Can you explain the strategy for winning this game with any target?

Got It game for an adult and child. How can you play so that you know you will always win?

A game for two people, or play online. Given a target number, say 23, and a range of numbers to choose from, say 1-4, players take it in turns to add to the running total to hit their target.

Try entering different sets of numbers in the number pyramids. How does the total at the top change?

Only one side of a two-slice toaster is working. What is the quickest way to toast both sides of three slices of bread?

The NRICH team are always looking for new ways to engage teachers and pupils in problem solving. Here we explain the thinking behind maths trails.

Can you work out how to win this game of Nim? Does it matter if you go first or second?

The number of plants in Mr McGregor's magic potting shed increases overnight. He'd like to put the same number of plants in each of his gardens, planting one garden each day. How can he do it?

Watch this film carefully. Can you find a general rule for explaining when the dot will be this same distance from the horizontal axis?

We can show that (x + 1)² = x² + 2x + 1 by considering the area of an (x + 1) by (x + 1) square. Show in a similar way that (x + 2)² = x² + 4x + 4

Sweets are given out to party-goers in a particular way. Investigate the total number of sweets received by people sitting in different positions.

This task encourages you to investigate the number of edging pieces and panes in different sized windows.

How many ways can you find to do up all four buttons on my coat? How about if I had five buttons? Six ...?

When number pyramids have a sequence on the bottom layer, some interesting patterns emerge...

Can you see why 2 by 2 could be 5? Can you predict what 2 by 10 will be?

Imagine we have four bags containing numbers from a sequence. What numbers can we make now?

In this game for two players, the idea is to take it in turns to choose 1, 3, 5 or 7. The winner is the first to make the total 37.

Find a route from the outside to the inside of this square, stepping on as many tiles as possible.

What happens if you join every second point on this circle? How about every third point? Try with different steps and see if you can predict what will happen.

Can you find all the ways to get 15 at the top of this triangle of numbers? Many opportunities to work in different ways.

In this problem we are looking at sets of parallel sticks that cross each other. What is the least number of crossings you can make? And the greatest?

Use your addition and subtraction skills, combined with some strategic thinking, to beat your partner at this game.

Four bags contain a large number of 1s, 3s, 5s and 7s. Pick any ten numbers from the bags above so that their total is 37.

If you can copy a network without lifting your pen off the paper and without drawing any line twice, then it is traversable. Decide which of these diagrams are traversable.

Spotting patterns can be an important first step - explaining why it is appropriate to generalise is the next step, and often the most interesting and important.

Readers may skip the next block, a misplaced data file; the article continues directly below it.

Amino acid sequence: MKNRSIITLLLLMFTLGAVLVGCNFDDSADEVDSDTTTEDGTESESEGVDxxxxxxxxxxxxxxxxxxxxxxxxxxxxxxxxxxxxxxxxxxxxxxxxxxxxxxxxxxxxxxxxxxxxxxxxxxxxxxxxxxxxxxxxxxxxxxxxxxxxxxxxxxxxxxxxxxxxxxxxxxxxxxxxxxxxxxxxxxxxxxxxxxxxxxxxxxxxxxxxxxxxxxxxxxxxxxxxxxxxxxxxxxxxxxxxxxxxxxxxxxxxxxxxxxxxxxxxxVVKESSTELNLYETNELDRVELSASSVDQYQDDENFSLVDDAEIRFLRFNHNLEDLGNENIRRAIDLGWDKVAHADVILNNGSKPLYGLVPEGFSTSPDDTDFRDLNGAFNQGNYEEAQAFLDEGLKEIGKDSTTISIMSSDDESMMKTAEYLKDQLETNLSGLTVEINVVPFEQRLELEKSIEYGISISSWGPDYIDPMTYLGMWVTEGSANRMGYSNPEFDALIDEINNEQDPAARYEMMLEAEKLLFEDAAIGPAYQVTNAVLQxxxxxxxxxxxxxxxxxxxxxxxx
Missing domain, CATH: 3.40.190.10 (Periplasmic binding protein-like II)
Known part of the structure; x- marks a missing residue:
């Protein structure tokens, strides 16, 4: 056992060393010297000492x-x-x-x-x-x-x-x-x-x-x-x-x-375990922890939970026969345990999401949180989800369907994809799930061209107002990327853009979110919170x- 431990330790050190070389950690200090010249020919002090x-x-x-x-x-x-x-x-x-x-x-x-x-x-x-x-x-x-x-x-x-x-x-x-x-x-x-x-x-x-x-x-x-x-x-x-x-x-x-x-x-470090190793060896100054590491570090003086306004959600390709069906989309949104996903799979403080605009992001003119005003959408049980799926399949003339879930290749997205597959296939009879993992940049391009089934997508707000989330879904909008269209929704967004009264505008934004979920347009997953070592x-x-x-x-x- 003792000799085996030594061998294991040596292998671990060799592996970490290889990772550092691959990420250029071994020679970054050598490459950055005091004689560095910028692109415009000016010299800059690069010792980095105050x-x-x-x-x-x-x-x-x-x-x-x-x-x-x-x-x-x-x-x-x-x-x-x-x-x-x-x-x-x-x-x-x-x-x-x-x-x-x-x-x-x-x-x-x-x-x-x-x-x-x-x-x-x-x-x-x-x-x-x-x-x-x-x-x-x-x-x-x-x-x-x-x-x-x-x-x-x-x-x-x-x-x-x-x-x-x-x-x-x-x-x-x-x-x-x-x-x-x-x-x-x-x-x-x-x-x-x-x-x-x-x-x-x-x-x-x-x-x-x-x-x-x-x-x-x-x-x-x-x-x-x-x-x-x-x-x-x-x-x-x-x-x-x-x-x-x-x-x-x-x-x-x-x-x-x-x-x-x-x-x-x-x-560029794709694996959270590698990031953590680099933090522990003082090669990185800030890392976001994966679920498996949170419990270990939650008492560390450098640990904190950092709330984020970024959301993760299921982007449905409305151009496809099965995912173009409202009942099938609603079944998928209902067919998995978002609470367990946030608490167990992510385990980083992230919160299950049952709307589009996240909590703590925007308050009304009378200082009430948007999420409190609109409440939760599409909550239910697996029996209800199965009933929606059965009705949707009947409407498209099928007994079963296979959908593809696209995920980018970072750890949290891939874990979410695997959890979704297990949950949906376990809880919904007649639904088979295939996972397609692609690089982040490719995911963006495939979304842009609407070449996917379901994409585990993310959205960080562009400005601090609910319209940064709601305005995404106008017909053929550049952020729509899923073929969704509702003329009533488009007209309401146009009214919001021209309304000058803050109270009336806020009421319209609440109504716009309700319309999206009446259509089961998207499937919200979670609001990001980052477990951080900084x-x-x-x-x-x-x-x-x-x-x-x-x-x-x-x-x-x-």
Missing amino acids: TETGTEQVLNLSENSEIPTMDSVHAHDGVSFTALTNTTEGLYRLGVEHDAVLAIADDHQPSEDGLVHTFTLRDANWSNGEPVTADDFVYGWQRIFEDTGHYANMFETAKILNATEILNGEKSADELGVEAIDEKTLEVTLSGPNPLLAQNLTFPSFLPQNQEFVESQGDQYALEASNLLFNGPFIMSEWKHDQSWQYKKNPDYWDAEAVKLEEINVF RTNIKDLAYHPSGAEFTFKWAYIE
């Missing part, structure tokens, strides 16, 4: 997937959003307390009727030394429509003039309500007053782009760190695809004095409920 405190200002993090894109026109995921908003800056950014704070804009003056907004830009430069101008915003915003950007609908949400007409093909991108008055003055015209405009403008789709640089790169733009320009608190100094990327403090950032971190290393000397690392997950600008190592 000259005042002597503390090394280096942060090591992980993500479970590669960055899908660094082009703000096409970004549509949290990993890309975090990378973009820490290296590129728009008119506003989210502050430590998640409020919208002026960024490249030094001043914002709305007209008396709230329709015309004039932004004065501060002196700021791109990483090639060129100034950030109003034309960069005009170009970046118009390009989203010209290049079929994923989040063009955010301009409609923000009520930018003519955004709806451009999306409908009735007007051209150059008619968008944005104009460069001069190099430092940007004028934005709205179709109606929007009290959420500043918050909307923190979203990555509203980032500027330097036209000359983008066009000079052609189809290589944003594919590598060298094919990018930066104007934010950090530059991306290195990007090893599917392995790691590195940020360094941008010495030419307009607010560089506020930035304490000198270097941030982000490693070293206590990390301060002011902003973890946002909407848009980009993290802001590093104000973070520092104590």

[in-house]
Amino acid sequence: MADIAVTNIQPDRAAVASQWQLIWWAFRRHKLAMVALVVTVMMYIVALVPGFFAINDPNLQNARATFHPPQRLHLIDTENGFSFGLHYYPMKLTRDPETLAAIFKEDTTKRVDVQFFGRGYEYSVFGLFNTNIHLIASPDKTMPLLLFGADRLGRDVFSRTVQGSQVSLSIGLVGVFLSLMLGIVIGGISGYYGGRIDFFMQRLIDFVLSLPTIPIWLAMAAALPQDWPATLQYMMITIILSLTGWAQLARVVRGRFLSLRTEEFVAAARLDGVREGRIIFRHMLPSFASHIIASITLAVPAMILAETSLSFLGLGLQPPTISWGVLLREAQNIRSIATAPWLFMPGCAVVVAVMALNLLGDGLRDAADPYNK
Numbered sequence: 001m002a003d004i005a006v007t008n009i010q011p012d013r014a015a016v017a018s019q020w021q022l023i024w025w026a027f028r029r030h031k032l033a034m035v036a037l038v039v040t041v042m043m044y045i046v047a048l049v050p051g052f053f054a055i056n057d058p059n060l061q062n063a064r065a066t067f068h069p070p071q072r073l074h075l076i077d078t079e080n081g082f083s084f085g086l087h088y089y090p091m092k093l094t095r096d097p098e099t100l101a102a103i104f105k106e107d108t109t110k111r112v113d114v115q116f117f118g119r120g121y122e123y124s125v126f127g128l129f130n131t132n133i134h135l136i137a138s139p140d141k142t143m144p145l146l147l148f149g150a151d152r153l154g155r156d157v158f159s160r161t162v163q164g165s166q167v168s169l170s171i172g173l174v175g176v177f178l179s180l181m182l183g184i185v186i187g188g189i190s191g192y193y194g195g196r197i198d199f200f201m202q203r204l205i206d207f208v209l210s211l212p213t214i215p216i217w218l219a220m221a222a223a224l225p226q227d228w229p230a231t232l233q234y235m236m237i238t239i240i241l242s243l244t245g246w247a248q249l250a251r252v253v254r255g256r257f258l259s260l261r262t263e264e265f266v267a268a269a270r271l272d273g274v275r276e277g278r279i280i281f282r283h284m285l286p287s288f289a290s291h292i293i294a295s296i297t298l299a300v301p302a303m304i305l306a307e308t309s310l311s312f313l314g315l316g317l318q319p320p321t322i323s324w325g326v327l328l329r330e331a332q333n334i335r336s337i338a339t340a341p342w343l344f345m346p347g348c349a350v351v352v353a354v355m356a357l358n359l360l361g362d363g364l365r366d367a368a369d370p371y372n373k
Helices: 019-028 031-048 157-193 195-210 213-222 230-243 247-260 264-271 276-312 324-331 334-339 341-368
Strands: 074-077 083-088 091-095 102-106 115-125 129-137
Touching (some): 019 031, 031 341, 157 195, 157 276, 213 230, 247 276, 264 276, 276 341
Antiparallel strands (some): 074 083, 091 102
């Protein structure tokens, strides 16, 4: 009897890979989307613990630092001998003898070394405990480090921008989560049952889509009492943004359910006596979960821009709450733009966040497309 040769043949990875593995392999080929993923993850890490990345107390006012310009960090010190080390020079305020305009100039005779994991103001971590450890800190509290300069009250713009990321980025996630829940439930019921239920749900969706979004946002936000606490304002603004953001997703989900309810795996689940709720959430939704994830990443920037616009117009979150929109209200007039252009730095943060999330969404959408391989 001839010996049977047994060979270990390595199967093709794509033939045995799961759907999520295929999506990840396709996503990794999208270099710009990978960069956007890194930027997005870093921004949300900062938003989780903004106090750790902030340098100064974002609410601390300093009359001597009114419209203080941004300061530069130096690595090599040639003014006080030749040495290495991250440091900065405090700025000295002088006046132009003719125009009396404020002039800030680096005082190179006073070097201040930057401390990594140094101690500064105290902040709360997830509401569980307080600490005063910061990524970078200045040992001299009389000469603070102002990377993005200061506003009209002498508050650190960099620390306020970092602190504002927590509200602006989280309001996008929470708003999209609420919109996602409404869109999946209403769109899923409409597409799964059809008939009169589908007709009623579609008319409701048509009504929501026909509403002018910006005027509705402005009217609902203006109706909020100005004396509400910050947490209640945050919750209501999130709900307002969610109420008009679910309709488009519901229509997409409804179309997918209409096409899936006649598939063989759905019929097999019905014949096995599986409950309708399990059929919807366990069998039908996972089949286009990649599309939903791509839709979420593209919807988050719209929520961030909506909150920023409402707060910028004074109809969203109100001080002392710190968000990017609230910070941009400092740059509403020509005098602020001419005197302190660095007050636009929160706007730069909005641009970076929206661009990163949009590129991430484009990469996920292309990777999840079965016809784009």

An article for teachers and pupils that encourages you to look at the mathematical properties of similar games.

Use the interactivity to investigate what kinds of triangles can be drawn on peg boards with different numbers of pegs.

Euler discussed whether or not it was possible to stroll around Koenigsberg crossing each of its seven bridges exactly once. Experiment with different numbers of islands and bridges.

Do you notice anything about the solutions when you add and/or subtract consecutive negative numbers?

Think of a number, square it and subtract your starting number. Is the number youâ€™re left with odd or even? How do the images help to explain this?

Square numbers can be represented as the sum of consecutive odd numbers. What is the sum of 1 + 3 + ..... + 149 + 151 + 153?

This challenge, written for the Young Mathematicians' Award, invites you to explore 'centred squares'.

Here are some arrangements of circles. How many circles would I need to make the next size up for each? Can you create your own arrangement and investigate the number of circles it needs?

How many moves does it take to swap over some red and blue frogs? Do you have a method?

Does this 'trick' for calculating multiples of 11 always work? Why or why not?

The aim of the game is to slide the green square from the top right hand corner to the bottom left hand corner in the least number of moves.

This challenge encourages you to explore dividing a three-digit number by a single-digit number.

Watch this animation. What do you see? Can you explain why this happens?

Take a look at the video of this trick. Can you perform it yourself? Why is this maths and not magic?

This task follows on from Build it Up and takes the ideas into three dimensions!

Are these statements relating to odd and even numbers always true, sometimes true or never true?

Strike it Out game for an adult and child. Can you stop your partner from being able to go?

Nim-7 game for an adult and child. Who will be the one to take the last counter?

Watch this video to see how to roll the dice. Now it's your turn! What do you notice about the dice numbers you have recorded?

Find the sum and difference between a pair of two-digit numbers. Now find the sum and difference between the sum and difference! What happens?

Can you find an efficient method to work out how many handshakes there would be if hundreds of people met?

This challenge focuses on finding the sum and difference of pairs of two-digit numbers.

It starts quite simple but great opportunities for number discoveries and patterns!

Charlie has made a Magic V. Can you use his example to make some more? And how about Magic Ls, Ns and Ws?

Imagine we have four bags containing a large number of 1s, 4s, 7s and 10s. What numbers can we make?